Psychological Self-Help

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79
workers, parents, and children. If professionals are consulted, it's most
likely to be the family physician and clergy. Talking with anyone is a
good first step but neither (MD nor minister) may be good choices for
extensive help; physicians primarily give drugs, seldom information
about how to cope; some clergy specialize in building guilt, not
reducing stress. For the most competent professional help with
anxiety, go to your Mental Health Center for treatment or call and ask
them to recommend a good private practitioner. 
Currently, many millions of Americans are in support or self-help
groups dealing with over 350 different kinds of problems. Self-help,
sometimes called mutual help, groups are a growing source of help. AA
was one of the first such groups, then women's consciousness-raising
groups caught on in the 1960's. Now there are self-help groups for
almost every conceivable problem. They often limit admission to
people who have personally had the problem being discussed; usually
no professionals or "experts" are admitted. This makes it clear that
your improvement is your job, not in the hands of a "doctor." Members
of the groups share experiences, exchange practical information or
advice, and provide emotional support. Members feel better about
themselves by helping each other. Often the groups are so helpful that
members become intensely involved and dedicated. It is comforting to
be truly welcomed and understood by fellow sufferers. There is no
charge. 
Science is just beginning to evaluate the effectiveness of different
sources of support for different problems. A famous 10-year study at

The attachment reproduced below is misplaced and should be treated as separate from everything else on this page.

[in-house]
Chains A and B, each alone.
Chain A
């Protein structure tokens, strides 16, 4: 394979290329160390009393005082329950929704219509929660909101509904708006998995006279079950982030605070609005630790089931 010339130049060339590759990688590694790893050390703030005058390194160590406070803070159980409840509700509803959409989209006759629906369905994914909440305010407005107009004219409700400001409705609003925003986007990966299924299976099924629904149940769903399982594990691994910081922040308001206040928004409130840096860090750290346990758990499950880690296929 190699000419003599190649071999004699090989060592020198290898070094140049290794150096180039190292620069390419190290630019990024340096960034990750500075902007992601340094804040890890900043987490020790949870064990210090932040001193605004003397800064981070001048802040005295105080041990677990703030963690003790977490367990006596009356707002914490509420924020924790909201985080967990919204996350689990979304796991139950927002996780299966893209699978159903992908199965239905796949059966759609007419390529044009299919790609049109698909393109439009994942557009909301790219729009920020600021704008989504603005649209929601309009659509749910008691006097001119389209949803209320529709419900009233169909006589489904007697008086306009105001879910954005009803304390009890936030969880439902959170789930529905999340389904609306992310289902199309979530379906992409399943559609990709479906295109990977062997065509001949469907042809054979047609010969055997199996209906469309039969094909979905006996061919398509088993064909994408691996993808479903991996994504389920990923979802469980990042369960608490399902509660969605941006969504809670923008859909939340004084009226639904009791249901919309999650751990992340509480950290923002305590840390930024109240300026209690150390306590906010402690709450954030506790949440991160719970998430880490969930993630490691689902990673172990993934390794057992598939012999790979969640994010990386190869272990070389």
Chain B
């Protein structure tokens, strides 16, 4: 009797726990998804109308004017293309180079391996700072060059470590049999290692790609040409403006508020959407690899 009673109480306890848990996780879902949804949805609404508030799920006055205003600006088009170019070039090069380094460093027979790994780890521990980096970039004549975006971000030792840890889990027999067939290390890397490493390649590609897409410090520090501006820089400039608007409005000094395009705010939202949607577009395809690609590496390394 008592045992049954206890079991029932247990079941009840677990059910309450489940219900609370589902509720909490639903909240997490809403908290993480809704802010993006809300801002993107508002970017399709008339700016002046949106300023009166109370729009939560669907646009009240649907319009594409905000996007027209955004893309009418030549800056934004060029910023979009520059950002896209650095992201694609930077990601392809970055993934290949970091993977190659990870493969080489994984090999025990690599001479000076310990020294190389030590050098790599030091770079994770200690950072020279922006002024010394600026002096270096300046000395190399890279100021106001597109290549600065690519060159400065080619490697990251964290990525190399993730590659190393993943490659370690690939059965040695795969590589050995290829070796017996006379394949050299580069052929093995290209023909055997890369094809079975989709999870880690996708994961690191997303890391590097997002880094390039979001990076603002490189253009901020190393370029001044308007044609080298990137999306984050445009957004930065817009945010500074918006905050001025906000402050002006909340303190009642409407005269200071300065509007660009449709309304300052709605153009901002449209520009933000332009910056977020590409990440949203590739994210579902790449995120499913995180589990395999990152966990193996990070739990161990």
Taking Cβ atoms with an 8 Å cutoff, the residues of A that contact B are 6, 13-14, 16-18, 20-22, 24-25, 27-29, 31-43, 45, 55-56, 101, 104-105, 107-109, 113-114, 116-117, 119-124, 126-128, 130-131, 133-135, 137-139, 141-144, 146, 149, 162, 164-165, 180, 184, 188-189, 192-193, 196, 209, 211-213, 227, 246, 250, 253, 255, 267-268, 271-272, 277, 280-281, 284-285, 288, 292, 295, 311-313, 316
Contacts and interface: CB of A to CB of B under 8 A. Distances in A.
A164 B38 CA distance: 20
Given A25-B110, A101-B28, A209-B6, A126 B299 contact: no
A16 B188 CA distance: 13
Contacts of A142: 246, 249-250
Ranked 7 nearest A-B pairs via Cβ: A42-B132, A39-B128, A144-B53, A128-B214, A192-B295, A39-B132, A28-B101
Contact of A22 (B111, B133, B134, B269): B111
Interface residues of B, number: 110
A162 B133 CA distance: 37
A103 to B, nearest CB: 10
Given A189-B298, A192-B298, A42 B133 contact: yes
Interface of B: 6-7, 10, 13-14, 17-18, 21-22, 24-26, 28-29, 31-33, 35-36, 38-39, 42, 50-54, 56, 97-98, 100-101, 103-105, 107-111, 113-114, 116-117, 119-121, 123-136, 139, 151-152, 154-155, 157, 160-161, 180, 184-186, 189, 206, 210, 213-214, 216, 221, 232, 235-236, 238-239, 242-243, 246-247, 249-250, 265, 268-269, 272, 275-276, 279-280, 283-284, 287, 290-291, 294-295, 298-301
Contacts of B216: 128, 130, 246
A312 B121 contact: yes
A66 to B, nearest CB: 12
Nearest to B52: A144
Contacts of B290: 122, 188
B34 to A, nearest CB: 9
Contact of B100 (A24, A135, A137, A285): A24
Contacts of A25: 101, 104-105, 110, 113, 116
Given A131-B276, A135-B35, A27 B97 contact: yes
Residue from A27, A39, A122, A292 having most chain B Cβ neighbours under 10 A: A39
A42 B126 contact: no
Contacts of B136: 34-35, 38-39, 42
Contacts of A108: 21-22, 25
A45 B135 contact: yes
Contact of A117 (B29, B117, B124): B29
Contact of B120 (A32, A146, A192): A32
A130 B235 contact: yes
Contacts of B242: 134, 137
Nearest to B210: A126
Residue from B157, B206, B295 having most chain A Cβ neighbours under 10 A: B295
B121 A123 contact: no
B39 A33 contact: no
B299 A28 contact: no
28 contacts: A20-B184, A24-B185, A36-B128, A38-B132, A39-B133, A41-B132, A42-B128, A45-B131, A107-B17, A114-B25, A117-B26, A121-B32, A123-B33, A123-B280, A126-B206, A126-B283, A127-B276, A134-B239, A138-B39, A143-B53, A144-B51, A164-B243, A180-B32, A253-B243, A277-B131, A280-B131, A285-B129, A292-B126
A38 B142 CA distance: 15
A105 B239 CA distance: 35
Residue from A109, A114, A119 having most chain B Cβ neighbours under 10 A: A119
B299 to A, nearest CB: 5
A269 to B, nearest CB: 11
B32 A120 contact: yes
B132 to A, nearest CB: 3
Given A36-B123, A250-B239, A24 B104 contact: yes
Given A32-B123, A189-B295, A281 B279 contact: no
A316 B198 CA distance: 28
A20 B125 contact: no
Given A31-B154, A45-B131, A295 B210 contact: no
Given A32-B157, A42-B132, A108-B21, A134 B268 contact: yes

Stanford found that cancer patients who participated in a support
group lived twice as long as those who didn't meet with a group.
Groups no longer have to meet face-to-face; within the last five years,
four research publications have documented the effectiveness of online
cancer support groups. Likewise, drug abuse prevention groups run by
older students (but still peers) get better results than teacher-led
groups. Many self-help group members are veterans of drug treatment
and psychotherapy; many believe they have gotten much more from
Online (http://www.selfhelpgroups.org/) summarizes more research
suggesting groups provide help also with diabetes, heart problems,
child abuse, mental illness (to both the patient and the family),
children of alcoholics, and other disorders or difficult circumstances. 
Self-help or mutual-helping groups provide many benefits:
suggestions about how to cope, a chance to learn from others'
experience, support and encouragement, meaningful and needed
friendships, and a reduction of guilt (by finding others like yourself),
and an increase in hope (Hodgson & Miller, 1982). Another major
advantage of mutual-helping groups is that they are not only a source
of support but they are also a place where the helpee can become the
helper. It's probably as beneficial to be a helper as to be a helpee,
maybe more so (Killilea, 1976). For more information about such
groups refer to Lieberman and Borman's (1979) Self-help Groups For
Coping With Crises.
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